I suppose I should narrow my comments down to ‘field offices that help people who are in bad situations”
I think FEMA is a good example – its one thing to try to get a PC to work, but it’s quite another to try and help get a whole town to work.
Another example is public aid offices – they have to deal with people who are one step away from being on the streets. (or already there) It’s not the end of the world if I have to wait for a tech to come out and fix the hard drive on my PC. It’s much different if the whole system that keeps assistance checks going out crashes.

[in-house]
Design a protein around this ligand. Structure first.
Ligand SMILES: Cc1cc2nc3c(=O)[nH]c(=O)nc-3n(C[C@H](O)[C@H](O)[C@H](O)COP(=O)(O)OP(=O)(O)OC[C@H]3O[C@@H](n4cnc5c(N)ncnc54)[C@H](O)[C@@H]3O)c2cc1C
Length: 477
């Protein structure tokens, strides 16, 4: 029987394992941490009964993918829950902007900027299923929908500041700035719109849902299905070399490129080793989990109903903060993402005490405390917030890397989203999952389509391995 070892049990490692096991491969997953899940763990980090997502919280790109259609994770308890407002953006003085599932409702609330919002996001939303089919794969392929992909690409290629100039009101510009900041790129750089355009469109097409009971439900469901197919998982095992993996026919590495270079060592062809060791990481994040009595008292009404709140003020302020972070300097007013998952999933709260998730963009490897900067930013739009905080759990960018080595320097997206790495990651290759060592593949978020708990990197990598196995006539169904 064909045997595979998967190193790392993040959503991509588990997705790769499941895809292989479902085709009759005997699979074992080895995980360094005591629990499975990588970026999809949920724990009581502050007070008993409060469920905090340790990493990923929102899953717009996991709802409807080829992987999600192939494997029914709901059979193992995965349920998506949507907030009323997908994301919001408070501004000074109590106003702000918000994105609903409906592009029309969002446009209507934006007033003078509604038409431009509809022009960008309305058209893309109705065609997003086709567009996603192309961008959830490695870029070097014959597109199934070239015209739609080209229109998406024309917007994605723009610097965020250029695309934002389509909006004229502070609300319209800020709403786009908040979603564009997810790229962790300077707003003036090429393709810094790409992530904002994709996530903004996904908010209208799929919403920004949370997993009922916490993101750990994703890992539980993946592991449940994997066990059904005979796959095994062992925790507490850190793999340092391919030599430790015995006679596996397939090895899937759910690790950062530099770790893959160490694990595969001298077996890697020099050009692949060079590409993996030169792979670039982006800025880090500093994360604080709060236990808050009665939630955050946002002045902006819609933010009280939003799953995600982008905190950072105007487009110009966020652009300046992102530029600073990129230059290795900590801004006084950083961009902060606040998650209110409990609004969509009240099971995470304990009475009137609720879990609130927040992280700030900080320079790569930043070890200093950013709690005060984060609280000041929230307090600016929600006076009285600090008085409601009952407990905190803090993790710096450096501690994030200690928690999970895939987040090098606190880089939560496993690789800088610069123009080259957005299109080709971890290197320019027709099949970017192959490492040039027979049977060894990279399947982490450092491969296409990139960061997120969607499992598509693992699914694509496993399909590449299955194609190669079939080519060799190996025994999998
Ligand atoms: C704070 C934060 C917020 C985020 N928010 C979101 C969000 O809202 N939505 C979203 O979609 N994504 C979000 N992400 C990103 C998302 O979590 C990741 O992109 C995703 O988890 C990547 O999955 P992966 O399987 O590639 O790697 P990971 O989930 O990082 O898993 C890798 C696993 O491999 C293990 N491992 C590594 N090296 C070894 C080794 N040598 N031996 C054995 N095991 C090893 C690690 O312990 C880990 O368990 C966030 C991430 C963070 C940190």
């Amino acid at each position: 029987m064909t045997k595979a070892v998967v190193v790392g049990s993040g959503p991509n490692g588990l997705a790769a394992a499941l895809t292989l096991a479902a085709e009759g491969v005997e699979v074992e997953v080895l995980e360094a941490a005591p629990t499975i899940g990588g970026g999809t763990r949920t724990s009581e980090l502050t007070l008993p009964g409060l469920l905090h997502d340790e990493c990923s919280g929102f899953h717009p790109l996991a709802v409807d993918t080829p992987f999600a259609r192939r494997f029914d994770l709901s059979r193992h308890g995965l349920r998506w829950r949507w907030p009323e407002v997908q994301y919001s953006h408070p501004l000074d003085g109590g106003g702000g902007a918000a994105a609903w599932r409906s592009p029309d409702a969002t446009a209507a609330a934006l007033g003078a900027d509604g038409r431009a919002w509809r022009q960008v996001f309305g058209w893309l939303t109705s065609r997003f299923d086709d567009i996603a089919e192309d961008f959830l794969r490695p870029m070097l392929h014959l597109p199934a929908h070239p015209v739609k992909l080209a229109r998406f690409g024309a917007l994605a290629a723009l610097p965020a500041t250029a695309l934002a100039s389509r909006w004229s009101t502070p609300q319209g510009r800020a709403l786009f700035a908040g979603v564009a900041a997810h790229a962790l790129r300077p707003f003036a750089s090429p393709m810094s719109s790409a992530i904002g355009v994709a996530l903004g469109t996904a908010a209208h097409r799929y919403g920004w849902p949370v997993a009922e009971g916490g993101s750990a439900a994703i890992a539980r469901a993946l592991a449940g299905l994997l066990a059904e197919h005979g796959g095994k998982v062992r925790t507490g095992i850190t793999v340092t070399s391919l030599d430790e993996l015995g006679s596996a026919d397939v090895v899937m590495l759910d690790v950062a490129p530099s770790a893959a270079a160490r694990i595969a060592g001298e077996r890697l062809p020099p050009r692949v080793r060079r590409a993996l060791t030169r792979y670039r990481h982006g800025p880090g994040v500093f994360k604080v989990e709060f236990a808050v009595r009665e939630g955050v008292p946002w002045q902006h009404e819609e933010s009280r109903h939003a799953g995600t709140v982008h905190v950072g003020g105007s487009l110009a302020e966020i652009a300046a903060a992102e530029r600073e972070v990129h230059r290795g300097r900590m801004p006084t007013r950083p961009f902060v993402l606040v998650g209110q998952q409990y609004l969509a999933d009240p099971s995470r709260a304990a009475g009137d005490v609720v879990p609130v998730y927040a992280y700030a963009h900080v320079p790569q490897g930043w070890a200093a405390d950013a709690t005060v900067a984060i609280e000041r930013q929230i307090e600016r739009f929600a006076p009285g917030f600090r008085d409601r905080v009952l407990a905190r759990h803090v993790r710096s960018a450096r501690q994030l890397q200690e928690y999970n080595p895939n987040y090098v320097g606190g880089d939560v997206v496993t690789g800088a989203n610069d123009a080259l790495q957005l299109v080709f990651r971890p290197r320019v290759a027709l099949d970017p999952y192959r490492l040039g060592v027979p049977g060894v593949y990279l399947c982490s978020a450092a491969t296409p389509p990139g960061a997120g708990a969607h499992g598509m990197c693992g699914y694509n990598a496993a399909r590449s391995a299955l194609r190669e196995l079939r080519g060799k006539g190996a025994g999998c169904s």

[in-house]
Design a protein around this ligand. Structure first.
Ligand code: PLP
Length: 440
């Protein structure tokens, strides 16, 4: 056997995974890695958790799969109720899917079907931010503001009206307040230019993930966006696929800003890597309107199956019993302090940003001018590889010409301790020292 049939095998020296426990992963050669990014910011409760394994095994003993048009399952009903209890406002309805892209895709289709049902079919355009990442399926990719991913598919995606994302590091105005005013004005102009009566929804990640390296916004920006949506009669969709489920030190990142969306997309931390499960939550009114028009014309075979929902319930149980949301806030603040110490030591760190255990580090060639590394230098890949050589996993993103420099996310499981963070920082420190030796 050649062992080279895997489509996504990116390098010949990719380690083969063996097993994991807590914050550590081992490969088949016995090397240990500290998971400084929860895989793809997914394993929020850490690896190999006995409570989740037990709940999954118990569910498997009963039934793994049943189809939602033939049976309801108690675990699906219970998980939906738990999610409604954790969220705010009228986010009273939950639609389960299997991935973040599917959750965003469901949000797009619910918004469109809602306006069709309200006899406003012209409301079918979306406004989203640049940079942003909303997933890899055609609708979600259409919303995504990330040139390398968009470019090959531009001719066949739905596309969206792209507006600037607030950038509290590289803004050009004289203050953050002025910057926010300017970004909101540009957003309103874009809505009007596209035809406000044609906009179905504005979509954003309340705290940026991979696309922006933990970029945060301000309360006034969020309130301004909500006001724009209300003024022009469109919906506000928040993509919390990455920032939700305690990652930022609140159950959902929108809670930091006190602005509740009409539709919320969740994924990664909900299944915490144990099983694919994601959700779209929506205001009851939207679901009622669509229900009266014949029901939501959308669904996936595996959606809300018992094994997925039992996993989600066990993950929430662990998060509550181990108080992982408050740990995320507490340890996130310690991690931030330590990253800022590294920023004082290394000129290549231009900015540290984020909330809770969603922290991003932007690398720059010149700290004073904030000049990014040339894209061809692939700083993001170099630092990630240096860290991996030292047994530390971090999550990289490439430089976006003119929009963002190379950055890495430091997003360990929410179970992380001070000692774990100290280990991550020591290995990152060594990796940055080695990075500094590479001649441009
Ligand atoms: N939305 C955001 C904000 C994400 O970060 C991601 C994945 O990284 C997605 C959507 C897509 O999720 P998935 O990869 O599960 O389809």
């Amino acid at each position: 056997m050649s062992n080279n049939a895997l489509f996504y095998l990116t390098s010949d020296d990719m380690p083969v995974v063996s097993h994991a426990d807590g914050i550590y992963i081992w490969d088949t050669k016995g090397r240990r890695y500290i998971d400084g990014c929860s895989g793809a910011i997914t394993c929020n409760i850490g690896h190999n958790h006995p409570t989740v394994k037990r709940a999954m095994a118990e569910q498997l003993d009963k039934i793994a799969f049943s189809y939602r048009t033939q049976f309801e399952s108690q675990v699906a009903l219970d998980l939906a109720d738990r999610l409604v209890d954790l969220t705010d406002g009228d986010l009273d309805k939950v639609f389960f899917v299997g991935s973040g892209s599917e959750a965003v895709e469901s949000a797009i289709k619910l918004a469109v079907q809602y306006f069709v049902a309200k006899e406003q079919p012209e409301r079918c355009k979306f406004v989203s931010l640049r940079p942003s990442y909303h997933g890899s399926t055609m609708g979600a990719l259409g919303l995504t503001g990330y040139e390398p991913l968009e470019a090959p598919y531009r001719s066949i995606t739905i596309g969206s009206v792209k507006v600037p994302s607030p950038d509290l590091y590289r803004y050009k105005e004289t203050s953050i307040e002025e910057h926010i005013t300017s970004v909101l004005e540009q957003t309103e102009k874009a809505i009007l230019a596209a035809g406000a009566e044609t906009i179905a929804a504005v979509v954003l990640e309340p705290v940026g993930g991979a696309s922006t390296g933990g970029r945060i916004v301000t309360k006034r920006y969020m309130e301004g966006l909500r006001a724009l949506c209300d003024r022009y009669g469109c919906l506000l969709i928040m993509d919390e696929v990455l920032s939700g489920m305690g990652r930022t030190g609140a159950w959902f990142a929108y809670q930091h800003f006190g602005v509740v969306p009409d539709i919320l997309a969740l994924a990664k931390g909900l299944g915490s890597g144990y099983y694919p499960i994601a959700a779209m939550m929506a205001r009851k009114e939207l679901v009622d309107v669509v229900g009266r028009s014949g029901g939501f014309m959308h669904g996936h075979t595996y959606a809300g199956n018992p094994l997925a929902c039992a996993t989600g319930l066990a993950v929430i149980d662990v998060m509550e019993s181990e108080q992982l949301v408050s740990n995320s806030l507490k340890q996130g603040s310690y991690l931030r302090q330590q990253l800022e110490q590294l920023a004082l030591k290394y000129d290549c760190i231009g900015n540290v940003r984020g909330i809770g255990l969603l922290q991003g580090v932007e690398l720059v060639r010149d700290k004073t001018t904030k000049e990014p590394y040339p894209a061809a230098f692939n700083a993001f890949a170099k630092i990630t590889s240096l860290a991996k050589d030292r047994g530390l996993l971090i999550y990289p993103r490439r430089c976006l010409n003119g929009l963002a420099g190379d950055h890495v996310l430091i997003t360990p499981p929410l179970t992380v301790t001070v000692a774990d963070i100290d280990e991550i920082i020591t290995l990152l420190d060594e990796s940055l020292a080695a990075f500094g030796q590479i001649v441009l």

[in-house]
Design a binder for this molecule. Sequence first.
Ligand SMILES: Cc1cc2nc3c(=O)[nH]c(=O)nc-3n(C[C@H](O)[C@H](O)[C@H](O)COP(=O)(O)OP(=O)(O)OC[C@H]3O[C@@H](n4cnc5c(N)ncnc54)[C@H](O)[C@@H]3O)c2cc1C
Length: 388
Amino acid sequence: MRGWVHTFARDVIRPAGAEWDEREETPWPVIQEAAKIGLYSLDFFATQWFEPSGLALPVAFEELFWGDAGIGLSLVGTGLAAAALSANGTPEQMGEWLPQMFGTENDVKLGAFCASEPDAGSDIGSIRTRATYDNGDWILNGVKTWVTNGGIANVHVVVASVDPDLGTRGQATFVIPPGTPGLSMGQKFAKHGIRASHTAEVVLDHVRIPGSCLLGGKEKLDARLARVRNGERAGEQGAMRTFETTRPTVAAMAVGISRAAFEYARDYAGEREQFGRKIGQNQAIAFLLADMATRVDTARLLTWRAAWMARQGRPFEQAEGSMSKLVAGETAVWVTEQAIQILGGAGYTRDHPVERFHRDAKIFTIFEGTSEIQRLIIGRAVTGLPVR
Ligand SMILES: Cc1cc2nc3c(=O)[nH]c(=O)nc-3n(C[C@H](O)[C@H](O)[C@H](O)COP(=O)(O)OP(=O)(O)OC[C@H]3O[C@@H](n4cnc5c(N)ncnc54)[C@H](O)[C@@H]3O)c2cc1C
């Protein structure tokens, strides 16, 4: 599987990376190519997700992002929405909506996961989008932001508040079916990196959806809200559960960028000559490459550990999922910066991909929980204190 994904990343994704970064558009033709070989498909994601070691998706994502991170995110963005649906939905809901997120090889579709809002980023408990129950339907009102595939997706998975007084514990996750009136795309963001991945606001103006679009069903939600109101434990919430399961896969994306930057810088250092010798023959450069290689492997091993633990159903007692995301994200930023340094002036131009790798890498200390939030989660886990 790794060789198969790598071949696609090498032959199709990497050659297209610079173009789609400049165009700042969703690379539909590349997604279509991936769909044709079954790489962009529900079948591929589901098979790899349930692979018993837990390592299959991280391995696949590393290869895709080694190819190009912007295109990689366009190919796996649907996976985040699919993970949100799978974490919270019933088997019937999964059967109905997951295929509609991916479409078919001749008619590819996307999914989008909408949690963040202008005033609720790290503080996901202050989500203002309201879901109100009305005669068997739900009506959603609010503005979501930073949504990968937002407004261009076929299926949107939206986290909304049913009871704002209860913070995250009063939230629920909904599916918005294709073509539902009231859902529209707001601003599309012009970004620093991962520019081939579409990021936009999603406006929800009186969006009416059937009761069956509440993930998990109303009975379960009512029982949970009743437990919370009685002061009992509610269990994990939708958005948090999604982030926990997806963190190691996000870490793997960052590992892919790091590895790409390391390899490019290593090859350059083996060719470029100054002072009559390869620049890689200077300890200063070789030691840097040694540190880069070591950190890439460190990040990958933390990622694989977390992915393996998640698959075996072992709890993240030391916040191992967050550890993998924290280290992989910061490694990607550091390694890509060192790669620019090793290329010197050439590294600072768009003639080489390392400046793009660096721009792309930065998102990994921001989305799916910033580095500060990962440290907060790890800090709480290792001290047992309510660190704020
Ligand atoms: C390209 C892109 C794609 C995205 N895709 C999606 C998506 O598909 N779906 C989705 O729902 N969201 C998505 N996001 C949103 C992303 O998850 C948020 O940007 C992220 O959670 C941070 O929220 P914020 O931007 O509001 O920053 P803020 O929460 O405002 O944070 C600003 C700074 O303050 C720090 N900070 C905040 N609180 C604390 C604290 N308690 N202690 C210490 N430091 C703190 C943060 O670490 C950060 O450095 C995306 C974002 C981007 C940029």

Oftentimes, it is entry level govies that have to have enough customer service skill to deal with a claimant whose agitated about an issue that can effect if they can make rent that month or not.
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